Points to His wounded feet and side,
Blest emblems of the Crucified!
What food luxurious loads the board
When at His table sits the Lord!
The wine how rich, the bread how sweet,
When Jesus deigns the guests to meet!
If now, with eyes defiled and dim,
We see the signs, but see not Him,
Oh may His love the scales displace,
And bid us see Him face to face
Our former transports we recount
When with Him in the holy mount;
These cause our souls to thirst anew,
His marred but lovely face to view.
Thou glorious Bridegroom of our hearts,
Thy present smile a heaven imparts;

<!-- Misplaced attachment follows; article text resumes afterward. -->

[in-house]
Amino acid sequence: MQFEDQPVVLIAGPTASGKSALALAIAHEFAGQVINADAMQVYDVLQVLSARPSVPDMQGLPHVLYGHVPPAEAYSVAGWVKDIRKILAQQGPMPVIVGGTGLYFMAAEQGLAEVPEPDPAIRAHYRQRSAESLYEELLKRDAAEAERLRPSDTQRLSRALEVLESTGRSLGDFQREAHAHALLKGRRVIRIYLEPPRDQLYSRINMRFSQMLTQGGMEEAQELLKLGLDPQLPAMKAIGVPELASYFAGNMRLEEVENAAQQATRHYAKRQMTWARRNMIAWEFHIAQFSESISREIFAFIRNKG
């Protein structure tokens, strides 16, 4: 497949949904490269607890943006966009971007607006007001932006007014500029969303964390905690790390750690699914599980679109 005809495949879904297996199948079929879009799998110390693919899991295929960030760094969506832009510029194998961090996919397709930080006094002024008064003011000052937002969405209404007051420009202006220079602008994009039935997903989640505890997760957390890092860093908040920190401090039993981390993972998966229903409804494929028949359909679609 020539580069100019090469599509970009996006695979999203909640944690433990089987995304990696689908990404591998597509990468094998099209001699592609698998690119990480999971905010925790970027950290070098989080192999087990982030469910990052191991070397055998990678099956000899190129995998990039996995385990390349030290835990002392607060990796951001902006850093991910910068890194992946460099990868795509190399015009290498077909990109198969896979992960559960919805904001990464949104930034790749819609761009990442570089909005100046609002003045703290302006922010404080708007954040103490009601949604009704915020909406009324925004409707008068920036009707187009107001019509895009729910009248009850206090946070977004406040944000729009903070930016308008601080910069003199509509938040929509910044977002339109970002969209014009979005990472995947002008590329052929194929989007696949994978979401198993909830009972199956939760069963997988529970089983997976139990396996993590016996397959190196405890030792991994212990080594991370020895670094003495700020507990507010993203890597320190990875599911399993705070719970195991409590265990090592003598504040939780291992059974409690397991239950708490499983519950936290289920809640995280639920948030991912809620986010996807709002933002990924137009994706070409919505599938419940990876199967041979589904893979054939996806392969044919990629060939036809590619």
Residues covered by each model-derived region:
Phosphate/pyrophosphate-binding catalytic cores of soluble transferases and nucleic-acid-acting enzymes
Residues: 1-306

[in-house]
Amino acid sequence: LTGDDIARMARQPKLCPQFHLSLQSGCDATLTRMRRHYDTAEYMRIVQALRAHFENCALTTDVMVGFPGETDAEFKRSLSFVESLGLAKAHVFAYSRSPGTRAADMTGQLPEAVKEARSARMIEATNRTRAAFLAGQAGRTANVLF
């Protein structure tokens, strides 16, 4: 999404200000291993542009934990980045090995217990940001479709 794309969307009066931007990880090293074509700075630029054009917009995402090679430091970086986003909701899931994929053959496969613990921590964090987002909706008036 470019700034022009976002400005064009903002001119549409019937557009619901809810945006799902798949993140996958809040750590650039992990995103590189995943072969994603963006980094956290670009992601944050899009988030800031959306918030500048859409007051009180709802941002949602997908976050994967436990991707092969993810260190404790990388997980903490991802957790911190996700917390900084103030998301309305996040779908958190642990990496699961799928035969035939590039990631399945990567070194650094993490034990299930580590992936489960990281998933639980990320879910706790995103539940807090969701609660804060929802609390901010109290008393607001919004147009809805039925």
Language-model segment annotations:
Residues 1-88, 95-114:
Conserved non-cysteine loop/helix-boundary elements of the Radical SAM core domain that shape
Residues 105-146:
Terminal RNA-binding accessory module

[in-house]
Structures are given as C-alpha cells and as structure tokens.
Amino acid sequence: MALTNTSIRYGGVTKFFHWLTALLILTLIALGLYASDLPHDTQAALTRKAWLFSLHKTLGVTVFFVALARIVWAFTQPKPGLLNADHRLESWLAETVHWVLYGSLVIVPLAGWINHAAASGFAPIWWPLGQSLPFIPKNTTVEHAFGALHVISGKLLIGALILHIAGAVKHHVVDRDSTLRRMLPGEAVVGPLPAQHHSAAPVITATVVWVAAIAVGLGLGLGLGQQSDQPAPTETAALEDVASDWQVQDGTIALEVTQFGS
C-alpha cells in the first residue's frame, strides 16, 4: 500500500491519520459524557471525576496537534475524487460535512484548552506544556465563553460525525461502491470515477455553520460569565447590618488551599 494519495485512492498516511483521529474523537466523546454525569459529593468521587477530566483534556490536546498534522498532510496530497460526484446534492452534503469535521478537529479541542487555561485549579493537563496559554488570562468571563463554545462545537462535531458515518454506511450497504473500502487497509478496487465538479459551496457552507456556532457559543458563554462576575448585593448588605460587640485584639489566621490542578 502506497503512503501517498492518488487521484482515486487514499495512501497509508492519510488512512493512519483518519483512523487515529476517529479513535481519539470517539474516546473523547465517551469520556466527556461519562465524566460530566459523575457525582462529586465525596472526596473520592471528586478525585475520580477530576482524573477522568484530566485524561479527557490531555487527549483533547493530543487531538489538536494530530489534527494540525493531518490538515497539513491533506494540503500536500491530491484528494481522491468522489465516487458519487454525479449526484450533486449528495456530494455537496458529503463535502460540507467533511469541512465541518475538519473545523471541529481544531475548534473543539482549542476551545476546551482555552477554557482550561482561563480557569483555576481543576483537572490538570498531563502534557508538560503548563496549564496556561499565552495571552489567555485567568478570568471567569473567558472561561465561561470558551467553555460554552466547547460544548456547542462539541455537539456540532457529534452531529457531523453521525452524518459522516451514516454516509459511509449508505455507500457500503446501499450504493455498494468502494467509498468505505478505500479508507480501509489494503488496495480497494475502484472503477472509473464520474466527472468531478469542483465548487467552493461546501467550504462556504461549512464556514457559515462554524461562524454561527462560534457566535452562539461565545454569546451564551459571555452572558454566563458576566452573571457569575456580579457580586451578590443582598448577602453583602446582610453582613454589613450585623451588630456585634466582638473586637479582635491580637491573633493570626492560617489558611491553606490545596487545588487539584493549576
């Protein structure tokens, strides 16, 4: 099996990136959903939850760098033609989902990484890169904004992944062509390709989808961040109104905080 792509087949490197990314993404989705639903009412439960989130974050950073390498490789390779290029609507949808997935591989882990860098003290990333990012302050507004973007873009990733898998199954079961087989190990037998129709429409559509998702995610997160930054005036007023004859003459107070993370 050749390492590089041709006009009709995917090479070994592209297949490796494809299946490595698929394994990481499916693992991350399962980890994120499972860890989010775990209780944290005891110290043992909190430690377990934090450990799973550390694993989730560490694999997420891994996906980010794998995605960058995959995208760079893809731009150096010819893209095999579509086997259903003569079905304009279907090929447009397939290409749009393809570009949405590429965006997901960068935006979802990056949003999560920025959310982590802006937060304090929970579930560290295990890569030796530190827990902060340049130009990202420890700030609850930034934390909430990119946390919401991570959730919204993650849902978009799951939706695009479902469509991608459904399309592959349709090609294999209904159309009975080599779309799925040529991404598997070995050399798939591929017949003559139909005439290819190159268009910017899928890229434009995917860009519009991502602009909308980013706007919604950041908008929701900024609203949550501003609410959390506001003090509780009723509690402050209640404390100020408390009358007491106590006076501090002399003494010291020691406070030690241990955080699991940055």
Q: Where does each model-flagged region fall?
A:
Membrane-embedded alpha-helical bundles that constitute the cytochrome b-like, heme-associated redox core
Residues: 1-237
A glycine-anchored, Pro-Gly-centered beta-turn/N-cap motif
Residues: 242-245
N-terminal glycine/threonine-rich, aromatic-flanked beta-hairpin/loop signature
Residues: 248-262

Oh lift the veil, if veil there be,
Let every saint Thy beauties see.
In his own hymn book appears a composition from his pen, which is so strikingly appropriate for the services of his church after he had been taken up into the "shining," that we can not forbear to quote it.
Lord, Thy church, without a pastor,
Cries to Thee in her distress,
Hear us, gracious Lord and Master,
And with heavenly guidance bless.
Walking midst Thy lamps all golden,
Thou preservest still the light;
Stars in thy right hand are holden,
Stars to cheer Thy churchs night.
Find us Lord the man appointed
Pastor of this flock to be,
One with holy oil anointed,
Meet for us and dear to Thee.
Send a man, O King of Zion,
Made according to Thine heart,
Meek as lamb, and bold as lion,
Wise to act a shepherds part.
Grant us now thy heavenly leading,
Over every heart preside,
Now in answer to our pleading,
All our consultations guide.